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Goodbye status quo: Israel's impending moment of truth

There are no guarantees that the near future will herald freedom for Israel/Palestine. It will, however, shatter the perception of comfort that has paralyzed Israel since the beginning of the millennium.

By Ran Greenstein

When we look at the history of the Israeli-Palestinian conflict, a curious pattern can be detected. Every 20 or 30 years a major turning point is reached. This happens in part due to pure coincidence, and in part due to natural processes involving generational change, which takes two or three decades to mature.

The cycle started in 1897 with the foundation of the Zionist movement, which gave a political dimension to the quest for Jewish settlement of Palestine. It continued in 1917 with the Balfour Declaration and the creation of Palestine in its current boundaries, and then on to 1947, when the UN partition resolution led to the establishment of Israel and the Palestinian Nakba. That was followed by 1967 – the re-unification of Palestine under Israeli military control – the First Intifada in 1987 and the onset of the current phase of territorial inclusion combined with Palestinian demographic exclusion.

Youth from Aida Refugee Camp rest during a lull in clashes with Israeli forces near the separation wall in the West Bank city of Bethlehem, November 16, 2013. The wall, which divides Bethlehem's land is a frequent entry point for incursions by Israeli forces into Aida Refugee Camp, and often a site of clashes with camp youth. (Photo by Ryan Rodrick Beiler/Activestills.org)

Youth from Aida Refugee Camp rest during a lull in clashes with Israeli forces near the separation wall in the West Bank city of Bethlehem, November 16, 2013. The wall, which divides Bethlehem’s land is a frequent entry point for incursions by Israeli forces into Aida Refugee Camp, and often a site of clashes with camp youth. (Photo by Ryan Rodrick Beiler/Activestills.org)

Nothing remarkable happened in 2007, which means that 2017 is next in line. What can we expect then in three years’ time?

Three crucial processes are under way, guaranteed to produce changes that would make the current status quo untenable. But a word of caution is needed here: change is bound to happen, but it will not necessarily be of a positive nature. It will open up new opportunities while also presenting new challenges. The exact direction will depend on proper preparation of activists and movements to make the most of the emerging circumstances.

What are these processes? Let us examine each in turn.

The first involves Palestinian resistance in the post-Gaza war period. It is too early to talk about a third intifada, the unity government has hardly made an impact so far, and the Palestinian Authority continues to make noises about taking its diplomatic campaign to the UN and the International Criminal Court but does nothing concrete. And yet, the nature of the political debate is changing – the voices calling for continuation of the U.S.-sponsored and Israeli-dominated “peace process” have almost disappeared. It is clear to Palestinians that nothing of value can possibly come out of that process, even if a formal notice of termination of talks is not likely to be served soon.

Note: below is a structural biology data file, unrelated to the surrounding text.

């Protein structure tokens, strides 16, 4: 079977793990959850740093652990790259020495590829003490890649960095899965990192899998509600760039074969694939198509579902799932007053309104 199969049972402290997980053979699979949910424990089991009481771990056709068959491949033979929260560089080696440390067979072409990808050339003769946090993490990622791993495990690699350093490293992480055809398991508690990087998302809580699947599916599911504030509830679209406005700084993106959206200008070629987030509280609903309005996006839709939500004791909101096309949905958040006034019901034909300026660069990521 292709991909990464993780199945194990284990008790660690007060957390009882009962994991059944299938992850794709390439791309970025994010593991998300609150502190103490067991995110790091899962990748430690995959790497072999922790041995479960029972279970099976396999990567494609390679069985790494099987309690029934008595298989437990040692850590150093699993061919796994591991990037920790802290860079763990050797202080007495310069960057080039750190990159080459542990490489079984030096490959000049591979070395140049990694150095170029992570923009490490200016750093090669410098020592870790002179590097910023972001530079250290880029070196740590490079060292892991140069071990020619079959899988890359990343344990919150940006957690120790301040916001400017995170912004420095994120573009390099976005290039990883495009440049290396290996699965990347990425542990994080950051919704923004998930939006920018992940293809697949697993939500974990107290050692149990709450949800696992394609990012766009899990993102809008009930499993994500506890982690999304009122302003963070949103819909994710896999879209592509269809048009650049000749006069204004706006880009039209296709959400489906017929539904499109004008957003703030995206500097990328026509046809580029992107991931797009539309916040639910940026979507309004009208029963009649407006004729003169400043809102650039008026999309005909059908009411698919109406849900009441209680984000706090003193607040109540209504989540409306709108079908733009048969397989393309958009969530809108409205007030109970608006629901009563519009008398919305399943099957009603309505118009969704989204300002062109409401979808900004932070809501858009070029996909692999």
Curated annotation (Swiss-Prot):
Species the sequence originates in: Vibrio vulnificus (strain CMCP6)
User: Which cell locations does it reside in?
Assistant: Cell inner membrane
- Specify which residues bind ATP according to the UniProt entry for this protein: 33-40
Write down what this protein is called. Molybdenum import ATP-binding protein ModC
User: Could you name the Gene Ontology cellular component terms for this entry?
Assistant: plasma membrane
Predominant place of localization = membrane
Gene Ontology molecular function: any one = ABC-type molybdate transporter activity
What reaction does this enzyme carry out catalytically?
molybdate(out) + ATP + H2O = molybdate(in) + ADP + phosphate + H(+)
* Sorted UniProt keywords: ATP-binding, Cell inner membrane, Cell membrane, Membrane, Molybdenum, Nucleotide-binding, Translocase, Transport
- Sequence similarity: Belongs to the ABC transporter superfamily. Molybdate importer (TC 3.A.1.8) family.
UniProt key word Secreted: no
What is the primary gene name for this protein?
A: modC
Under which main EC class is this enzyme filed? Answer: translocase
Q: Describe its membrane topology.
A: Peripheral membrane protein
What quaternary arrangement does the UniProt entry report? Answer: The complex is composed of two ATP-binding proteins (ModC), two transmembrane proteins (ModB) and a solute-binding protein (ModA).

A child coming out of his destroyed home in the village of Khuza'a, eastern Gaza Strip, November 7, 2014. Six family members stay in the living room, which is the only room which was not destroyed. Big holes in the walls have been barely covered by pieces of wood and plastic sheet. Many Palestinians in the Gaza Strip face hard living conditions following the seven-week Israeli offensive during which 2,131 Palestinians were killed, and an estimate of 18,000 housing units have been either destroyed or severely damaged, leaving more than 108,000 people homeless.  Anne Paq/Activestills.org

A child coming out of his destroyed home in the village of Khuza’a, eastern Gaza Strip, November 7, 2014. Six family members stay in the living room, which is the only room which was not destroyed. Big holes in the walls have been barely covered by pieces of wood and plastic sheet. Many Palestinians in the Gaza Strip face hard living conditions following the seven-week Israeli offensive during which 2,131 Palestinians were killed, and an estimate of 18,000 housing units have been either destroyed or severely damaged, leaving more than 108,000 people homeless. Anne Paq/Activestills.org

What is the alternative then? Armed resistance has its symbolic attractions but exacts a very high price from the population with meagre results to show for it. Three months have passed since the last Gaza ceasefire without bringing residents any relief from the conditions that triggered the fire in the first place. Initiatives by individuals who use whatever means at their disposal to attack Israeli targets, whether military or civilian, grab headlines but remain isolated incidents. We may see more of these but they are very unlikely to bring about meaningful change.